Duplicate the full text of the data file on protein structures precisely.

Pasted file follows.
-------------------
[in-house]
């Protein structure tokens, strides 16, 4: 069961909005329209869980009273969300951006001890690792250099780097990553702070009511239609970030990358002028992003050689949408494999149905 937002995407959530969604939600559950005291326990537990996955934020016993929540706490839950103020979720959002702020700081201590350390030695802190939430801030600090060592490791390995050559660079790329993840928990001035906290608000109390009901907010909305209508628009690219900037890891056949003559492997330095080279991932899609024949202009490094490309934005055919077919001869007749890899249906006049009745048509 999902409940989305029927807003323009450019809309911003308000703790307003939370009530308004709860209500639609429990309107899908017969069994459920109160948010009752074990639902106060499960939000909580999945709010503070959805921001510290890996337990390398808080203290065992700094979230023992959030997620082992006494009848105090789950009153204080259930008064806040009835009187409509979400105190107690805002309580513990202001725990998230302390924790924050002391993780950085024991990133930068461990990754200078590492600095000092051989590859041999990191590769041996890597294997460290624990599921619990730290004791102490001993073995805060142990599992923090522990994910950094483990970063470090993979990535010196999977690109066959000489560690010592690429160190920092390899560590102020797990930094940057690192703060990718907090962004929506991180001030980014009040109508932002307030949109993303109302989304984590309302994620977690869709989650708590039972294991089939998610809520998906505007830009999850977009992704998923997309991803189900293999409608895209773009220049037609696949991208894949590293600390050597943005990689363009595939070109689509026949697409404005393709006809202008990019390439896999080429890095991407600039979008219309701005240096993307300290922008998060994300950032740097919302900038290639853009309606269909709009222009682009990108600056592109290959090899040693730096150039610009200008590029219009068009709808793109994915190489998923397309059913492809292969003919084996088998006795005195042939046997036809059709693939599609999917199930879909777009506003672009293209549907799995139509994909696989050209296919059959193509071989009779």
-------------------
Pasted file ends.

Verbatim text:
[in-house]
């Protein structure tokens, strides 16, 4: 069961909005329209869980009273969300951006001890690792250099780097990553702070009511239609970030990358002028992003050689949408494999149905 937002995407959530969604939600559950005291326990537990996955934020016993929540706490839950103020979720959002702020700081201590350390030695802190939430801030600090060592490791390995050559660079790329993840928990001035906290608000109390009901907010909305209508628009690219900037890891056949003559492997330095080279991932899609024949202009490094490309934005055919077919001869007749890899249906006049009745048509 999902409940989305029927807003323009450019809309911003308000703790307003939370009530308004709860209500639609429990309107899908017969069994459920109160948010009752074990639902106060499960939000909580999945709010503070959805921001510290890996337990390398808080203290065992700094979230023992959030997620082992006494009848105090789950009153204080259930008064806040009835009187409509979400105190107690805002309580513990202001725990998230302390924790924050002391993780950085024991990133930068461990990754200078590492600095000092051989590859041999990191590769041996890597294997460290624990599921619990730290004791102490001993073995805060142990599992923090522990994910950094483990970063470090993979990535010196999977690109066959000489560690010592690429160190920092390899560590102020797990930094940057690192703060990718907090962004929506991180001030980014009040109508932002307030949109993303109302989304984590309302994620977690869709989650708590039972294991089939998610809520998906505007830009999850977009992704998923997309991803189900293999409608895209773009220049037609696949991208894949590293600390050597943005990689363009595939070109689509026949697409404005393709006809202008990019390439896999080429890095991407600039979008219309701005240096993307300290922008998060994300950032740097919302900038290639853009309606269909709009222009682009990108600056592109290959090899040693730096150039610009200008590029219009068009709808793109994915190489998923397309059913492809292969003919084996088998006795005195042939046997036809059709693939599609999917199930879909777009506003672009293209549907799995139509994909696989050209296919059959193509071989009779």